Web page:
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We need a drug tribunal to deal with our sporting drug cheats

By John Black - posted Tuesday, 27 July 2004

In May 1990 the Senate Drugs in Sport Inquiry recommended that the government establish an Australian Sports Drug Tribunal to act as a trimmed down version of the Senate inquiry itself.

Committee members felt that without a sports version of the Independent Commission Against Corruption to carry out a supervisional role, the cockroaches destroying Australian sport would be back under the linoleum within a year or two, running the elite sports drug black market, diverting taxpayer funds to pay for it, corrupting testing programs, and pressuring young athletes into a life-threatening pattern of sports drug abuse.

The committee reached this conclusion after working its way through two years of hearings, at least one confirmed sports drug death and 15,000 pages of evidence and documents.


Through public hearings and popular support, the Senate Committee had secured the co-operation of federal and state ministers. It had also:

  • set up the Australian Sports Drug Agency and its educational role;
  • restored public confidence in the Australian Institute of Sport, which was being sued by its own athletes over allegations of entrenched and authorised sports drug abuse;
  • established drug testing regimes and standards for Australia's professional and Olympic sports;
  • tightened legal, medical, pharmaceutical, veterinary and customs loopholes;
  • established uniform banned sports drug codes;
  • secured the registration of nightclub bouncers in some states - a group at risk of steroid abuse;
  • facilitated Australian involvement in an international series of drug testing agreements; and
  • kicked off development of acceptable testing regimes for synthetic hormones, such as the human growth hormone and erythropoietin (EPO).

Every one of the 65 recommendations in the 1000 pages of reports had been adopted unanimously by the all-party committee and most were implemented by governments, except the setting up of the tribunal.

In the 14 years since the report, there has been a case every six months or so which could have been headed off or speedily dealt with by an independent sports drug tribunal. The cases have included problems with the black market, positive tests that have been ignored by sporting officials, inadequate testing regimes and lapses in the administration of penalties such as those imposed for no shows.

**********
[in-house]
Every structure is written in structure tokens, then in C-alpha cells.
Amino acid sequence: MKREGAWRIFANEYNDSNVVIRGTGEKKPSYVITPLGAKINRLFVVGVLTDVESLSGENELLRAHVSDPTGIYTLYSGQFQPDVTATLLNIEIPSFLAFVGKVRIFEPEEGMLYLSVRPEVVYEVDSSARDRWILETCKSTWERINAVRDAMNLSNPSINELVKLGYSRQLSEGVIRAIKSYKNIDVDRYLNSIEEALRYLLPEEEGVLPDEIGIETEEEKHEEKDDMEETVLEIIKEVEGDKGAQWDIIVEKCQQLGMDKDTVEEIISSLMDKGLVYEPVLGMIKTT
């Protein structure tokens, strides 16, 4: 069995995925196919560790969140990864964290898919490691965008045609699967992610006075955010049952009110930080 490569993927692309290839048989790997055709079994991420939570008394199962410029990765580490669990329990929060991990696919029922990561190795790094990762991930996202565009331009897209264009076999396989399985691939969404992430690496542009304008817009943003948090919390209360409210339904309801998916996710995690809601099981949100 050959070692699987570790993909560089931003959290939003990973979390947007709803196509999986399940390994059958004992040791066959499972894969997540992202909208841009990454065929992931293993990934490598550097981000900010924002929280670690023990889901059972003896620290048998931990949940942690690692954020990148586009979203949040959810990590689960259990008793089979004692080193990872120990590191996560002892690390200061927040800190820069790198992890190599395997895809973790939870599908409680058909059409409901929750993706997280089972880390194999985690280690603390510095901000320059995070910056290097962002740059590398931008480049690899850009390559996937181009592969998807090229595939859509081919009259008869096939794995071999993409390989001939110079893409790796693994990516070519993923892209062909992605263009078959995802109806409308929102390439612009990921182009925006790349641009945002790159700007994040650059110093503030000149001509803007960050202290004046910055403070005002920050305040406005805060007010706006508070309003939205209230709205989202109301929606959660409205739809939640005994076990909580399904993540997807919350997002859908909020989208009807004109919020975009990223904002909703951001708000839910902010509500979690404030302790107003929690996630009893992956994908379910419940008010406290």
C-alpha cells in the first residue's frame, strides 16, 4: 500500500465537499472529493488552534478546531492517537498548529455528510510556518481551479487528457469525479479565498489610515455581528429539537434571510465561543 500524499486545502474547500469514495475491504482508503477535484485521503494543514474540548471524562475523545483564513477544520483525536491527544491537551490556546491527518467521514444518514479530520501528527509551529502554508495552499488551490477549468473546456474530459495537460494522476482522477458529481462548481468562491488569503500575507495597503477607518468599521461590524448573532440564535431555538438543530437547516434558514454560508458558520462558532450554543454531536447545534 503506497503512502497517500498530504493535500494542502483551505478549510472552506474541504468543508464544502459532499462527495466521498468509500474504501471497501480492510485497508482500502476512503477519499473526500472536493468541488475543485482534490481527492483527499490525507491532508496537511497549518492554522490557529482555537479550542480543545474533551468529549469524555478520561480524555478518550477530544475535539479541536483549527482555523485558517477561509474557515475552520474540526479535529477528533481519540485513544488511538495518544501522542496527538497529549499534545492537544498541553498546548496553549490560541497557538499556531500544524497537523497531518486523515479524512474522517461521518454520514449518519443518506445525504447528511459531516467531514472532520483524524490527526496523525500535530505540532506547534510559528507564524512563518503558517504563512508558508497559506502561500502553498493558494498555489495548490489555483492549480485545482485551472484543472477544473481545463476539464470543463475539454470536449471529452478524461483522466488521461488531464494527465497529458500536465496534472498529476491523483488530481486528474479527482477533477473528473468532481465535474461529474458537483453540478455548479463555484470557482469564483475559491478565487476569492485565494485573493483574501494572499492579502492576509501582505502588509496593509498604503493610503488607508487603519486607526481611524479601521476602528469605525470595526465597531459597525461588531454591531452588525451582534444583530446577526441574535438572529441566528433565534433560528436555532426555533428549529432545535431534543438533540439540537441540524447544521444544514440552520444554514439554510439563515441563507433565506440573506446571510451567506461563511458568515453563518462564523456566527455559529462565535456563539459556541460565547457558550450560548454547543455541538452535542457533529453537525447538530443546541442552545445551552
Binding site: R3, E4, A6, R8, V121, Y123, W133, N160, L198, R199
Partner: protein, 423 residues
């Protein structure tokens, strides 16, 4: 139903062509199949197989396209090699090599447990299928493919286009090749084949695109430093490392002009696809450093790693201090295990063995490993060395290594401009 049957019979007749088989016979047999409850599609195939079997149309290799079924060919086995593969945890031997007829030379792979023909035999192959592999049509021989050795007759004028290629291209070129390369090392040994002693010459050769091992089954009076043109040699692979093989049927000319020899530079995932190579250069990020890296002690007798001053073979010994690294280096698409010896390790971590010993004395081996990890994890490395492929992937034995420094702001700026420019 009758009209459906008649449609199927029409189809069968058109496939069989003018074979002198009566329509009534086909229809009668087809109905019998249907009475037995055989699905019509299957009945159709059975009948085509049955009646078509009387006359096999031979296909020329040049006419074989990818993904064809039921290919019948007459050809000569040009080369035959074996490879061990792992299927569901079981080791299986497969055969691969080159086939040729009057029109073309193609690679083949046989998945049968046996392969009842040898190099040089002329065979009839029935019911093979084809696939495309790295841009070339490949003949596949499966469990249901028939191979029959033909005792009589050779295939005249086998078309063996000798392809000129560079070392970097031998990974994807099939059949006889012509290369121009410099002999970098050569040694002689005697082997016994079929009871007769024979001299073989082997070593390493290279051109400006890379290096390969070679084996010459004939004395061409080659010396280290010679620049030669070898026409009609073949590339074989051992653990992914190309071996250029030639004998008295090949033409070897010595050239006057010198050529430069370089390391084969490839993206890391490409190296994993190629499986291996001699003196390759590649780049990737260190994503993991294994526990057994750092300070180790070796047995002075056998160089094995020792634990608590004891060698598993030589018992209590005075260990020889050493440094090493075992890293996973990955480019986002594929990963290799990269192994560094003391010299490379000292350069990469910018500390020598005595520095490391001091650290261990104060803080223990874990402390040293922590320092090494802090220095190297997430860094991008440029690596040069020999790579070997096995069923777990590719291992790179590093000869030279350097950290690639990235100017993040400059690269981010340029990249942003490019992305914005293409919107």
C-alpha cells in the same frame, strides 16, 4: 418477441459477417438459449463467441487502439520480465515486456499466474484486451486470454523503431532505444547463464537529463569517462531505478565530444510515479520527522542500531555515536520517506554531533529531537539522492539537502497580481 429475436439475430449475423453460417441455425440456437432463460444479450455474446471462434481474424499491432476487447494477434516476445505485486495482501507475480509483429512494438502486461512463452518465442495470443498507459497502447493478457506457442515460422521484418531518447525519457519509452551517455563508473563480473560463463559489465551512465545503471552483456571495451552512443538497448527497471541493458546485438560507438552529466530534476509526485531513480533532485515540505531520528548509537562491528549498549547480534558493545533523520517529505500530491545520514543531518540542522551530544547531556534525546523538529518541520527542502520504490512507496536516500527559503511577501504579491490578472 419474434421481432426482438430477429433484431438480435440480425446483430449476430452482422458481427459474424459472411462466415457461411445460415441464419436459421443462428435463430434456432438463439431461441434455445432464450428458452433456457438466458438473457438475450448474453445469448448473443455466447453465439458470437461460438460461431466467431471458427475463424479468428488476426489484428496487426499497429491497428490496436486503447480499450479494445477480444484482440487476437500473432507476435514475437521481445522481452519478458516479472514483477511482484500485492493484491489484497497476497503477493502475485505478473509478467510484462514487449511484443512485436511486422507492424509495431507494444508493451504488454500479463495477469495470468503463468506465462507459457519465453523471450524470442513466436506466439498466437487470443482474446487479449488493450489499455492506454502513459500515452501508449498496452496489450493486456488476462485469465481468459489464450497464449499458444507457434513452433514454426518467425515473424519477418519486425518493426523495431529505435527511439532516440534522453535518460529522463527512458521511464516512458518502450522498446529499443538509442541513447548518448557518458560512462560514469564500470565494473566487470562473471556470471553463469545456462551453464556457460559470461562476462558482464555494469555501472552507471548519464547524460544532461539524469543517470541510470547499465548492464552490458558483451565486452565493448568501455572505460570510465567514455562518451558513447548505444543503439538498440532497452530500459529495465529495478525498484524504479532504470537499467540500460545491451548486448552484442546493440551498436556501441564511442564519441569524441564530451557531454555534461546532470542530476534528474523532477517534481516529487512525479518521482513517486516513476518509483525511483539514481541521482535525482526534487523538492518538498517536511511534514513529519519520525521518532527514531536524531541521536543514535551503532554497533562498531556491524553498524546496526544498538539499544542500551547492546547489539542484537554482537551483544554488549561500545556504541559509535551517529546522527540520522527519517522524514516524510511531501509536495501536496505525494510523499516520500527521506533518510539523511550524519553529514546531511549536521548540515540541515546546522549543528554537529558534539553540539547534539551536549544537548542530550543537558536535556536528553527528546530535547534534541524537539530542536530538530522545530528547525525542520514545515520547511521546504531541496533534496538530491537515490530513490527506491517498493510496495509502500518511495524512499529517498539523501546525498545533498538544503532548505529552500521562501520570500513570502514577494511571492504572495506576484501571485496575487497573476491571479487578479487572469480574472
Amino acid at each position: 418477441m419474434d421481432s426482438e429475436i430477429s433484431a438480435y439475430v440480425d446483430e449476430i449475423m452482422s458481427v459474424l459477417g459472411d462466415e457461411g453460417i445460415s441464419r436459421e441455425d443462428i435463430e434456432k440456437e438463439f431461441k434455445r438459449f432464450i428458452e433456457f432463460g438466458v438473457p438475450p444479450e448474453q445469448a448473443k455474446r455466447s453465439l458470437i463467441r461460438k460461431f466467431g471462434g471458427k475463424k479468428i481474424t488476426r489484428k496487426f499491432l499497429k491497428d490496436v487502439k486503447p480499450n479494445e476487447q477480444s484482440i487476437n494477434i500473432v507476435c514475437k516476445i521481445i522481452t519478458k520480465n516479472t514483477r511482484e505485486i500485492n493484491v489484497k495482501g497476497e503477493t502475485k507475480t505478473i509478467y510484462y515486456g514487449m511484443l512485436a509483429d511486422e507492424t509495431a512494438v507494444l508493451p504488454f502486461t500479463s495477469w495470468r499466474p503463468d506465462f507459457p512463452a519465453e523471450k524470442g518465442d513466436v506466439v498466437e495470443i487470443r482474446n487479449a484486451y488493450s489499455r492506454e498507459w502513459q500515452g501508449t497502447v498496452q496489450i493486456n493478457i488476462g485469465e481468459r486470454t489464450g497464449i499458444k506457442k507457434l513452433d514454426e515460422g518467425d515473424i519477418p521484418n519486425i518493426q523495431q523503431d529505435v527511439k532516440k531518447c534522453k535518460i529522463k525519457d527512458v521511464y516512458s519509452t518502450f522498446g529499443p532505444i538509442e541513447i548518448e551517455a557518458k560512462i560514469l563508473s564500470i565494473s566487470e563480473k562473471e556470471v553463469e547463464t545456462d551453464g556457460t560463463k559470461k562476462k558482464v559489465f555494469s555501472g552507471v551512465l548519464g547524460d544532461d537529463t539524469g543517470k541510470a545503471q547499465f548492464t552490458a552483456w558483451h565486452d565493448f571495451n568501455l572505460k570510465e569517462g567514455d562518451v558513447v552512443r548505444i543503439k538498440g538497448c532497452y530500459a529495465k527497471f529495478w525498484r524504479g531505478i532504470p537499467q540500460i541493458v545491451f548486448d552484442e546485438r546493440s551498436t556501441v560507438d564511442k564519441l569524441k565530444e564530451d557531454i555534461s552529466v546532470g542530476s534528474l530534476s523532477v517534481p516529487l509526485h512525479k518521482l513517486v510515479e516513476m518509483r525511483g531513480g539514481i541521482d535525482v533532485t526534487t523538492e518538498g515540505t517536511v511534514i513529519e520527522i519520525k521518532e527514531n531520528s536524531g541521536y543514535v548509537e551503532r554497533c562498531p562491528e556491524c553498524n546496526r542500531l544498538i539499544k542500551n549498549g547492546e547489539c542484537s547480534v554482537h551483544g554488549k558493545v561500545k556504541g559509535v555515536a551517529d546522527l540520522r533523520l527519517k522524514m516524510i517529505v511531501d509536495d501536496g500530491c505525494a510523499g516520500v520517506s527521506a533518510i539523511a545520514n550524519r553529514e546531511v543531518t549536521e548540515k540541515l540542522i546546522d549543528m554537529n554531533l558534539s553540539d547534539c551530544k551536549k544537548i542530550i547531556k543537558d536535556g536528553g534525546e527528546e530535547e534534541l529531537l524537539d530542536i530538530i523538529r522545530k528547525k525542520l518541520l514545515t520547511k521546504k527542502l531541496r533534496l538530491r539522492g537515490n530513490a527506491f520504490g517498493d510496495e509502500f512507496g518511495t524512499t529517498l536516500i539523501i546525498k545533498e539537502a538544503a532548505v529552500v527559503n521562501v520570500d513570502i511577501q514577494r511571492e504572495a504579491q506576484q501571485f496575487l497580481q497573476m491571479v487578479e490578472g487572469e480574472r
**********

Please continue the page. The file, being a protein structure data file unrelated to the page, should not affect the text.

Feedback from the Australian Olympic Committee and the minister's office indicates that the tribunal is again being considered seriously.

The Australian Sports Drug Agency began as a two-person operation run on a shoestring out of the Australian Institute of Sport, but became a $5 million a year bureaucracy.


For a small proportion of this increase in funds, a tribunal could have been established, with the obligatory retired judge, a retired drug-free athlete and someone with experience conducting practical investigations into the drugs-in-sport malaise. Police and Customs officers can always be seconded when needed, and this is probably more desirable than permanent staff.

Throw in an office manager, and how much money are we talking about? Pretty small change compared with the below the waterline hits that Olympic sports and Australia's international reputation have taken in the past few weeks alone.

Large amounts of public money are being spent on elite sport but public confidence in Australian athletes and the integrity of Australian sport is being eroded by the refusal of politicians to admit that we have a Rolls-Royce testing regime for Australian sport, but no one is behind the wheel.

While our political leaders have watched for the past 14 years, the sport of cycling internationally has become so riddled with persistent sports-drug abuse that it is tipped to become the first sport with genetically modified athletes. Several companies are developing ways to give patients a new copy of an EPO-producing gene that would be impossible to detect.

Four professional cyclists died of heart attacks last year. The youngest was 23, the oldest 35. These reasons should be sufficient evidence for some long overdue responses from the government.

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Article edited by John Neil.
If you'd like to be a volunteer editor too, click here.

This article was first published in The Sydney Morning Herald on 22 July 2004.

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About the Author

John Black is a former Labor Party senator and chief executive of Australian Development Strategies.

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